Simon Tucker

Peter Matthew But those are natural population limiting effects.

Simon Tucker

Natalia Doran That is a nonsensical position. The whole point is that squirrel pox / parapox virus is unknown in Red Squirrel populations where there are no Greys in the country. Parapox virus antibodies are only found in Grey Squirrel populations, because many are immune to it and develop the antibodies. If it gets into a Red population very few have any defence and so it passes from one to the other to the other in epidemic proportions. It takes one infected Grey to set in train the events that can wipe out a whole population of Reds.

Ian Robinson

Absolutely. There are numerous human examples where the spread of Europeans into other parts of the globe led to the spread of diseases like the common cold which devastated indigenous populations in the Americas and South Pacific. Squirrel pox is exactly the same issue. Another current issue with Grey Squirrel is the near dearth of predators over most of lowland Britain. To my mind getting Pine Marten re-established in the New Forest and East Dorset would be enormously beneficial. It would go a long way towards safeguarding the future of Red Squirrel on the Isle of Wight and on the… Read more »

Marilyn Flynn


Julie Zickefoose

Once again, I’m bamboozled by the tone you take. In this post, you use incendiary language (slaughter and bludgeon) to state your obvious position that managing gray squirrel populations to benefit native reds is just too mean and cruel. So yay! you get lots of comments, most of them the “all life is sacred” conditioned response to your incendiary language (slaughter and bludgeon) from people who make no distinction between which wildlife belongs in a given ecosystem and which doesn’t. Who just love all the little animals. To whom a squirrel is a squirrel and they’re all so cute and… Read more »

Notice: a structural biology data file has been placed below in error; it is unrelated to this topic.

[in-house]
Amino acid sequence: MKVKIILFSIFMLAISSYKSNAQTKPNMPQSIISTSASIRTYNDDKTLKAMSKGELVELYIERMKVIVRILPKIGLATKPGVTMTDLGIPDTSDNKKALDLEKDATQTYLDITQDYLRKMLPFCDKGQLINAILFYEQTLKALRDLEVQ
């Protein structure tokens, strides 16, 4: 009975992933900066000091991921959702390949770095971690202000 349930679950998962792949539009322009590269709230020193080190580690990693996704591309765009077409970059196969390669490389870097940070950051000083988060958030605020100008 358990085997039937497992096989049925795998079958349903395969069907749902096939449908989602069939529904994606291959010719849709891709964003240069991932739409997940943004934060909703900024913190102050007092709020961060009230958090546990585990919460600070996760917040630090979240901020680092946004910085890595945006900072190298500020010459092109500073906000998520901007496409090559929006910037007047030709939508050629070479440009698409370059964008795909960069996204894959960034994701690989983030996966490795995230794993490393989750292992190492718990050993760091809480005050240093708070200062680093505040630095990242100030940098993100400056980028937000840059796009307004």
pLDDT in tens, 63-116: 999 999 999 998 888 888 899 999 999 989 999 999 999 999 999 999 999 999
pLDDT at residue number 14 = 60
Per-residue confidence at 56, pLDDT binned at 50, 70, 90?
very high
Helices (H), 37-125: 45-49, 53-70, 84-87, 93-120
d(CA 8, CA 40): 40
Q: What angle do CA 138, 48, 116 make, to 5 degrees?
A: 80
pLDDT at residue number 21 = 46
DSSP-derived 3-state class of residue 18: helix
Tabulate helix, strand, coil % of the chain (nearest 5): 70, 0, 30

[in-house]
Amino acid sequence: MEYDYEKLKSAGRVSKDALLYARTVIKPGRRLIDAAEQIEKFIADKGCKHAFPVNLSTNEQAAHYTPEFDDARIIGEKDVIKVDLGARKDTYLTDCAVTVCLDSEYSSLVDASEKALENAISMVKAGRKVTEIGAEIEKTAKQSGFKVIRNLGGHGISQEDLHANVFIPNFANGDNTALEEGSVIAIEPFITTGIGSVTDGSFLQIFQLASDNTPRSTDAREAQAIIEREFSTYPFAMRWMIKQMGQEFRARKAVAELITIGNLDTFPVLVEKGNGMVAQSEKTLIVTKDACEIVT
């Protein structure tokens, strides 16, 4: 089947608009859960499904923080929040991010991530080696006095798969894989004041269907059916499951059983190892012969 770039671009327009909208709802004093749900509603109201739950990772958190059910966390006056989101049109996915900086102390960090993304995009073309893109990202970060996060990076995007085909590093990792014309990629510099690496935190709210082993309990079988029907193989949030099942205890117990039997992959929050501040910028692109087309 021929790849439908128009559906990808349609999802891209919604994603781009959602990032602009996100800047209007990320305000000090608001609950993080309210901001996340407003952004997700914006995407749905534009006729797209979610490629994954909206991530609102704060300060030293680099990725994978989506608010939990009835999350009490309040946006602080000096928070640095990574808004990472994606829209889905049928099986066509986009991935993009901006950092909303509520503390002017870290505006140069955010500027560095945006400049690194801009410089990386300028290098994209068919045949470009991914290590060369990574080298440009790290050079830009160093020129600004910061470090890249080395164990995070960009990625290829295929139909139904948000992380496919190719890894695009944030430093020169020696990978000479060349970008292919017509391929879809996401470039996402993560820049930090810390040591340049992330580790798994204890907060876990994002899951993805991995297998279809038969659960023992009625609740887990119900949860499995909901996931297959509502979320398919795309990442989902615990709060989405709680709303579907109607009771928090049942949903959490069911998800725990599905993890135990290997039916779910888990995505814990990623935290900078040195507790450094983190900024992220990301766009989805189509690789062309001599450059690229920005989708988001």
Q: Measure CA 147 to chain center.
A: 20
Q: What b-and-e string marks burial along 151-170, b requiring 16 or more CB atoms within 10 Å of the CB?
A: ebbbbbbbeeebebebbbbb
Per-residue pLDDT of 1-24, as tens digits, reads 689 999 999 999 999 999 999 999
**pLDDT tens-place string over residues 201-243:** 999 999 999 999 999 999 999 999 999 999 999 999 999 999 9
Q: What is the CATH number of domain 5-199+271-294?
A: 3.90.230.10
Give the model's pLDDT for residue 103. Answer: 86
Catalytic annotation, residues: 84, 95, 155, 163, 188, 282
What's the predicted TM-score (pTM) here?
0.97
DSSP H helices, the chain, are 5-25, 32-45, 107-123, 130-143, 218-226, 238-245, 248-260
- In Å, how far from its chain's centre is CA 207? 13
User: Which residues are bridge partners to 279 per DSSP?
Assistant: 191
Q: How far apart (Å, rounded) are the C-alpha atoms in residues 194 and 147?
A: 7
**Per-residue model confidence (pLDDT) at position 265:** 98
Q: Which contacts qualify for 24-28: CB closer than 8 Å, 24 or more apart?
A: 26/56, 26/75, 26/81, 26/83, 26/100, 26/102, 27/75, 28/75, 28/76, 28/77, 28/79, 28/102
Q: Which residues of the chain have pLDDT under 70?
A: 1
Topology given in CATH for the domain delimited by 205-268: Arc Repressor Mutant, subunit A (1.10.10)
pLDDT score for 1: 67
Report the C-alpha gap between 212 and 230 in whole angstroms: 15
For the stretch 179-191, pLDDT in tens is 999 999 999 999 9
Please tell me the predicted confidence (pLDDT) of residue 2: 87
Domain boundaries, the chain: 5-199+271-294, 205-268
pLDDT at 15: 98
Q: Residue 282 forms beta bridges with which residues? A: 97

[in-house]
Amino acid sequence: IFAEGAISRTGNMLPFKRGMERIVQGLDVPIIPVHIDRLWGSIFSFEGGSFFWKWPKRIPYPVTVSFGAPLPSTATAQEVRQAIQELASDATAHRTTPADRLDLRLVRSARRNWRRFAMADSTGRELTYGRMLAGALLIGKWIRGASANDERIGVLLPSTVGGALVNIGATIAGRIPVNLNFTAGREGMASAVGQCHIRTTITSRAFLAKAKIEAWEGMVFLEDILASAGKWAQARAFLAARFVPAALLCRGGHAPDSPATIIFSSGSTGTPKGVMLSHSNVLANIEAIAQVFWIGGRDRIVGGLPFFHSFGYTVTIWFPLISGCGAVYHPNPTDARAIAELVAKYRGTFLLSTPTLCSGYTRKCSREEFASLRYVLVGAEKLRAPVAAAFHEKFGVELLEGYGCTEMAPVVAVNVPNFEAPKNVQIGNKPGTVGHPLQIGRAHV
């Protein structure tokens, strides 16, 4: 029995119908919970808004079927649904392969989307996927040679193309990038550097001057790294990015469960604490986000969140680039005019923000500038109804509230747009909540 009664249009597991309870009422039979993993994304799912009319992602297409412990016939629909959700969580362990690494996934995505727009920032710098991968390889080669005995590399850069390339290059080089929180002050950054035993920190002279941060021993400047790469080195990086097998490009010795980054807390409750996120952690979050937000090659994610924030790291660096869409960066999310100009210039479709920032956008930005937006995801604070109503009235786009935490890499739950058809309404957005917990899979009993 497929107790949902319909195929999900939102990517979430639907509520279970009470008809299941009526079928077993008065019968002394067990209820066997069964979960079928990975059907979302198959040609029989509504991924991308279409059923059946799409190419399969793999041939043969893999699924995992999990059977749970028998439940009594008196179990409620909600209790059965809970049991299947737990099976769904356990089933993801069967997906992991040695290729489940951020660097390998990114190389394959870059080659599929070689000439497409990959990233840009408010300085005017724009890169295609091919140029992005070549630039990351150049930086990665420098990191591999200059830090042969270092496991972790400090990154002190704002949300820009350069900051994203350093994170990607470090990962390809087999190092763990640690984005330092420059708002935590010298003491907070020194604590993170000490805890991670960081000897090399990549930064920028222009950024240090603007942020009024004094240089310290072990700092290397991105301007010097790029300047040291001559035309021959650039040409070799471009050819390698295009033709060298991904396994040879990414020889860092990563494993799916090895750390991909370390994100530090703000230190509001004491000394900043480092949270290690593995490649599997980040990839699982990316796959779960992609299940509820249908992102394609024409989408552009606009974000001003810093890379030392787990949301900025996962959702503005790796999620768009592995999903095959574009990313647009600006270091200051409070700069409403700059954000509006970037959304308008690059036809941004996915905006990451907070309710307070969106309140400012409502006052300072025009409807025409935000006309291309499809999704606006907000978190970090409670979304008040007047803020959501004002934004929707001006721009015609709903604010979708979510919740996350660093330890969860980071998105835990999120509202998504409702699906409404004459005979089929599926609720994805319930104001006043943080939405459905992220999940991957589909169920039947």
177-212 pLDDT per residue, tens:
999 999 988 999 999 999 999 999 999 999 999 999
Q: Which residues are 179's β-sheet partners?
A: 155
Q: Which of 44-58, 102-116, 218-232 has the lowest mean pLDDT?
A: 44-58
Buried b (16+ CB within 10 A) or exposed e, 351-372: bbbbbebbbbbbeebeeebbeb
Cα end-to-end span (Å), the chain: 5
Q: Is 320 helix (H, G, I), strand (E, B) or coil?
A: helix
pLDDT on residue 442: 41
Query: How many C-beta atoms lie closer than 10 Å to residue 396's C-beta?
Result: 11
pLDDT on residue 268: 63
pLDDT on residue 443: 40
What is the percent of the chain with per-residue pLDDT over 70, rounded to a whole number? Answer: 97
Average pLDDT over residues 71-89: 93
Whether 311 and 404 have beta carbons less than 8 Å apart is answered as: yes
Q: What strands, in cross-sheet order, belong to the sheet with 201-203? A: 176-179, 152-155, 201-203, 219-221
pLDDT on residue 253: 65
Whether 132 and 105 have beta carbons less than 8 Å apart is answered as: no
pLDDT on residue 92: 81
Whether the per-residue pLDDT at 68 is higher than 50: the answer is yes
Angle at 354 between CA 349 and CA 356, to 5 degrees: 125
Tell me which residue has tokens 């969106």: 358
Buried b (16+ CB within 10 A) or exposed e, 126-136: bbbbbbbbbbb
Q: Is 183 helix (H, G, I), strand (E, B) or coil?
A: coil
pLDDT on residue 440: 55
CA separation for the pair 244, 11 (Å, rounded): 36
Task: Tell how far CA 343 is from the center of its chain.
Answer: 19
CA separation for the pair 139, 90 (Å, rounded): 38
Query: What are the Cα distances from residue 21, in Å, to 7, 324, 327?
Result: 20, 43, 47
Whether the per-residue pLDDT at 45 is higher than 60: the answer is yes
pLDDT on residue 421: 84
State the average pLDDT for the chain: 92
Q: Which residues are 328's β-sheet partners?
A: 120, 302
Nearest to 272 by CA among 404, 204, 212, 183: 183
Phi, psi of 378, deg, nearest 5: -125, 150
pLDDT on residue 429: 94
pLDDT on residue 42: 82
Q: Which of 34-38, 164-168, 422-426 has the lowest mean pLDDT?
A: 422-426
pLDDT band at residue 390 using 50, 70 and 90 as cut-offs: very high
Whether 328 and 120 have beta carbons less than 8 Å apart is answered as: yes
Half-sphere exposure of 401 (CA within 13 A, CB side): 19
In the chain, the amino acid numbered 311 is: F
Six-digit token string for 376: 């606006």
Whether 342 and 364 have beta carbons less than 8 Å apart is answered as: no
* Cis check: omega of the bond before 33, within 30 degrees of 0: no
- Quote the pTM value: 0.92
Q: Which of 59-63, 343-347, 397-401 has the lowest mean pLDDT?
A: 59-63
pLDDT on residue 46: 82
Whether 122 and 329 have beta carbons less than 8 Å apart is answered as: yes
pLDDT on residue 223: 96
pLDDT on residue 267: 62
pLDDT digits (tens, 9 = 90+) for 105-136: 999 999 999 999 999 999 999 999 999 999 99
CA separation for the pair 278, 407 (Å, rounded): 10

Natalia Doran

There are many reasons to oppose this awful volunteer drive. The argument from cruelty is valid, even though there are other lines of argument that can and are beging taken.


You need to stop blaming the gray squirrels! I’d say it is because their habitat is being taken away little by little – . I think it is awful that you are rounding up 5000 volunteers to shoot the innocent gray squirrels and it should be stopped – People who think it is OK to kill like this frustrate me -These are the same people who teach their kids to go out and shoot any living animal for target practice –


Why not try T-N-R instead? It works with stray cats and dogs. I don’t like the idea of culls on any animal and living in a country with only red squirrels (which are just as clever and destructive!) there is little difference between the two except for size. Be happy – keep them both!

ms mcivor
ms mcivor

Absolutely appalled at the thought of volunteers going around willingly taking the life of an animal. They say it’s also to educate children!! what!!!…we have enough animal abusers in the world, without recruiting more.
what kind of people are you to volunteer for such barbaric behaviour & what kind of parents want their children to be taught to love one animal but hate another???
stop killing Grey Squirrels, this has to stop!!

Natalia Doran

Red squirrel numbers crashed to near extinction at the end of the 18th century, before the grey squirrels were introduced – because of habitat loss. The reds enjoyed a comeback in the 19th and early 20th centuries, when hazel coppicing was a widespread economic practice. However, when hazel coppicing stopped, the reds could not adapt to other habitats, and their numbers crashed again. They greys should not be blamed, let alone so brutally killed.

Simon Tucker

That’s why the stronghold for the Red Squirrel is basically conifer forests, because they are dependent on hazel coppice. Ignorance is bliss: but spreading it as though it is truth is pernicious.

Natalia Doran

Simon Tucker Of course they need extensive pine forests in order to thrive, and it is the destruction of those that caused their near-extinction at the end of the 18th century, before the greys came on the scene. But the reds managed to adapt supported by hazel-coppicing, to such an extent that it was the reds who were considered a “pest”, with huntng clubs set up to destroy them, in the 19th and early 20th centuries.

Jean O'Donovan